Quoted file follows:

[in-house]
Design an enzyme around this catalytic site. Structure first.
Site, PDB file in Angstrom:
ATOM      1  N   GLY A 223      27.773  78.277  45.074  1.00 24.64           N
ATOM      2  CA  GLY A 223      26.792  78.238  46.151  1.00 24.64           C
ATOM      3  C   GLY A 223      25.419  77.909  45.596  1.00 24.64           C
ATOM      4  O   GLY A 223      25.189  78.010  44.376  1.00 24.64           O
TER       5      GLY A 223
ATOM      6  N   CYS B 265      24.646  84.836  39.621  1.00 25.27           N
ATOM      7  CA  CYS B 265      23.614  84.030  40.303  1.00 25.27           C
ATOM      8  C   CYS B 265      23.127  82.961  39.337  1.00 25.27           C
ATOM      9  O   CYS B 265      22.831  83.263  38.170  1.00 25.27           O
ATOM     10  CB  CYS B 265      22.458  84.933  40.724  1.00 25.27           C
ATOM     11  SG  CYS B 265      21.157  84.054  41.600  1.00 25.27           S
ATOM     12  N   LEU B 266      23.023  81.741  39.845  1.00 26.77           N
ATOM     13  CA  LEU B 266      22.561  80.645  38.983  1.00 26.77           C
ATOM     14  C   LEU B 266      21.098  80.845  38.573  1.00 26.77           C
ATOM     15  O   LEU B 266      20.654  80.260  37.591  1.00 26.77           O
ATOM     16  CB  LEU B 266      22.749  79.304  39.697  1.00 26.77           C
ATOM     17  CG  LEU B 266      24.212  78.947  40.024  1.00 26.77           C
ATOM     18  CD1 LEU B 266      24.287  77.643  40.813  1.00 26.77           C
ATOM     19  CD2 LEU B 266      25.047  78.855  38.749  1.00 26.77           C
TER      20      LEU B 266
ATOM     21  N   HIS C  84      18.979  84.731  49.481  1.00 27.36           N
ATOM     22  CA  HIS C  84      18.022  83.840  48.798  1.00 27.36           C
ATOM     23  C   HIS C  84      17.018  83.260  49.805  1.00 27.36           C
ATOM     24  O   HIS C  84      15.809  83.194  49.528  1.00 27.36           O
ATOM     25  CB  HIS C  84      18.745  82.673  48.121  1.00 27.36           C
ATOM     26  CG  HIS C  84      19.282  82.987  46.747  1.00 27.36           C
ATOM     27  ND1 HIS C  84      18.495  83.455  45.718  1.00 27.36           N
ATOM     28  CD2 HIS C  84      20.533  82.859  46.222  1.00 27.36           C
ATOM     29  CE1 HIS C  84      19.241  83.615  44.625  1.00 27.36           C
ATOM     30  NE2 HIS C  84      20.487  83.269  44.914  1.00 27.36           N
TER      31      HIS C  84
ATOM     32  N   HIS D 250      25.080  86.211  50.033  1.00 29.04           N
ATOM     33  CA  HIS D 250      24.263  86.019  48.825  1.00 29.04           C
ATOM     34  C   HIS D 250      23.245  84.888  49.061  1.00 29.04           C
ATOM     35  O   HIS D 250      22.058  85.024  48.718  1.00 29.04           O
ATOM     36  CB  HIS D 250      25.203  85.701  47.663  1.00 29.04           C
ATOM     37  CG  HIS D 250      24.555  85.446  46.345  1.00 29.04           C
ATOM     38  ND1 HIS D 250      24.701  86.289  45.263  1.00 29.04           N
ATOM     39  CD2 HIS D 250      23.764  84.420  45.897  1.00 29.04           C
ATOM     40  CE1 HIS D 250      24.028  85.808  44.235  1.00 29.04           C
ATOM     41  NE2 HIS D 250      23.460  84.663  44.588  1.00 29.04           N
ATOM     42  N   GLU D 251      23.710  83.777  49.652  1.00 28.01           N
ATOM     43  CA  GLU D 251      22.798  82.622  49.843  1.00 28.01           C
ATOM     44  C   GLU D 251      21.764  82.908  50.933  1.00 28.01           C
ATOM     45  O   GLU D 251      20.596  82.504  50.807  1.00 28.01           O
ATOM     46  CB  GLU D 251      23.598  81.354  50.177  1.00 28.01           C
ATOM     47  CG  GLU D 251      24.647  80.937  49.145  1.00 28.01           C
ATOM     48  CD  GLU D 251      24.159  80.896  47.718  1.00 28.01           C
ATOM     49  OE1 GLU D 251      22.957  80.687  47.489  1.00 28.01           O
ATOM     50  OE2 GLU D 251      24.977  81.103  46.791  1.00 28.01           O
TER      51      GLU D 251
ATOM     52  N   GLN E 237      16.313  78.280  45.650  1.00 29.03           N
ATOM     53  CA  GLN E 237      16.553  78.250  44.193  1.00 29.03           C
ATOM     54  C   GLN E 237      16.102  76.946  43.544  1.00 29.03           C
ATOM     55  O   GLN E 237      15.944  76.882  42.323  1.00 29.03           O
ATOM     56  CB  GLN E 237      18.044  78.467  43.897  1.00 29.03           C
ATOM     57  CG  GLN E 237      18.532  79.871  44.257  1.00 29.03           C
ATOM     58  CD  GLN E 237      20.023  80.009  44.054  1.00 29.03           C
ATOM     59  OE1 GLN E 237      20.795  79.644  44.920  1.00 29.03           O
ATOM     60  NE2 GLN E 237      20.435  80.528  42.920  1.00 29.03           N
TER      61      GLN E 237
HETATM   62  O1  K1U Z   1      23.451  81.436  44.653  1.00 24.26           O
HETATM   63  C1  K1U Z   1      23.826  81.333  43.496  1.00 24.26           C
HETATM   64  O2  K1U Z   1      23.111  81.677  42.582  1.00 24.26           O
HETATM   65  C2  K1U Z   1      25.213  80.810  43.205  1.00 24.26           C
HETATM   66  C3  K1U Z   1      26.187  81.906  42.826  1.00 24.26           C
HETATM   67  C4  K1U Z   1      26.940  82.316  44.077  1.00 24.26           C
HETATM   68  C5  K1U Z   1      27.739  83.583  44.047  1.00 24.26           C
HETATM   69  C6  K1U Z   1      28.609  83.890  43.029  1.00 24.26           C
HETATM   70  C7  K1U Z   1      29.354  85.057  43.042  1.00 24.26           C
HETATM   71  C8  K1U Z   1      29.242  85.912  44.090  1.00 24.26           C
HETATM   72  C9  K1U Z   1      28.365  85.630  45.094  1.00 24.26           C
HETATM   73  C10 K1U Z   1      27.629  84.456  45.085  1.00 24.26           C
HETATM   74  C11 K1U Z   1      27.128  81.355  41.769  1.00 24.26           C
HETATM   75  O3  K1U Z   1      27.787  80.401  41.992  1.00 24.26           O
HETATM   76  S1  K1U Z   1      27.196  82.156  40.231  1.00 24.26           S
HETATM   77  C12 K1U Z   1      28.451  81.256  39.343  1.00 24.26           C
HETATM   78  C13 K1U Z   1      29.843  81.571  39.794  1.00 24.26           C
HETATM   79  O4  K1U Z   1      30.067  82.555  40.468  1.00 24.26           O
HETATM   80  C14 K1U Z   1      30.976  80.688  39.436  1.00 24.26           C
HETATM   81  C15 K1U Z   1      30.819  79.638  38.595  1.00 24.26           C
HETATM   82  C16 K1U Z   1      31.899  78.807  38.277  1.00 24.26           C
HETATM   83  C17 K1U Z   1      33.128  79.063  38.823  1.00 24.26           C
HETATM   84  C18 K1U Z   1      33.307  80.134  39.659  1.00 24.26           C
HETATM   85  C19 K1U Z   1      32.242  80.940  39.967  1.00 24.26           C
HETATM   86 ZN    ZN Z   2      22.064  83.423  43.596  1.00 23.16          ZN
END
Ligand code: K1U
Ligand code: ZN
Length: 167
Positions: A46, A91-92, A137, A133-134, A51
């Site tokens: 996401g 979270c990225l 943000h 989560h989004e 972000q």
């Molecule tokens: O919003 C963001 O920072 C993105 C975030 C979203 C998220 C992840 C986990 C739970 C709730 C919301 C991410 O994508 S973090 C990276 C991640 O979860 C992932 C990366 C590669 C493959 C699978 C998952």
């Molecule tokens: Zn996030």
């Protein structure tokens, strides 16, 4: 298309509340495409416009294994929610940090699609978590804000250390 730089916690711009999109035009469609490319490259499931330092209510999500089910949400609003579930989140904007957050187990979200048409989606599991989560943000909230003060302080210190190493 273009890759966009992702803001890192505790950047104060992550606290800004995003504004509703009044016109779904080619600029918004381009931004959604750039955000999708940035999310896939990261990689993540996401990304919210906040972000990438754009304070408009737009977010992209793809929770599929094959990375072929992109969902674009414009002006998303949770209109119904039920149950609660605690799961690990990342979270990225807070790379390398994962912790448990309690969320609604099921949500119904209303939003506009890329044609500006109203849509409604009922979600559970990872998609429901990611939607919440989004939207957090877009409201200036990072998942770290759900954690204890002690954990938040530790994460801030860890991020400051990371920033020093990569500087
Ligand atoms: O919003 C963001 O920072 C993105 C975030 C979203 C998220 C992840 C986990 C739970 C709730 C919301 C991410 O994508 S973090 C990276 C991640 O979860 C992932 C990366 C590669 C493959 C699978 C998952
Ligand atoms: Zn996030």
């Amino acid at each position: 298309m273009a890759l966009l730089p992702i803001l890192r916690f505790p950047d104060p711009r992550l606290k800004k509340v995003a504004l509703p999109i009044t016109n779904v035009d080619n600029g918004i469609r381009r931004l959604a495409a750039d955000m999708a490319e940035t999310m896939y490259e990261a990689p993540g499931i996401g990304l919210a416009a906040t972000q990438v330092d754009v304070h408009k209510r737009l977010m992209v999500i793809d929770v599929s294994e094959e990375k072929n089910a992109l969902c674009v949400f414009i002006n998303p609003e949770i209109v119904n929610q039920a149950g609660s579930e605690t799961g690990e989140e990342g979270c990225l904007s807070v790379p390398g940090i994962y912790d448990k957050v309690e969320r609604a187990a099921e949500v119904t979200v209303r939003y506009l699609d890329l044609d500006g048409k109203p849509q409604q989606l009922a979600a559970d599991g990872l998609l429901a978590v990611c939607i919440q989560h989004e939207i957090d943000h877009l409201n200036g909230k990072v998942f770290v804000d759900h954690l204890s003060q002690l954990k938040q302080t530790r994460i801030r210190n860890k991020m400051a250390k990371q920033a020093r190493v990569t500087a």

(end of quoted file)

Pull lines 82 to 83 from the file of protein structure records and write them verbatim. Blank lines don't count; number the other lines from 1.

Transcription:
HETATM   79  O4  K1U Z   1      30.067  82.555  40.468  1.00 24.26           O
HETATM   80  C14 K1U Z   1      30.976  80.688  39.436  1.00 24.26           C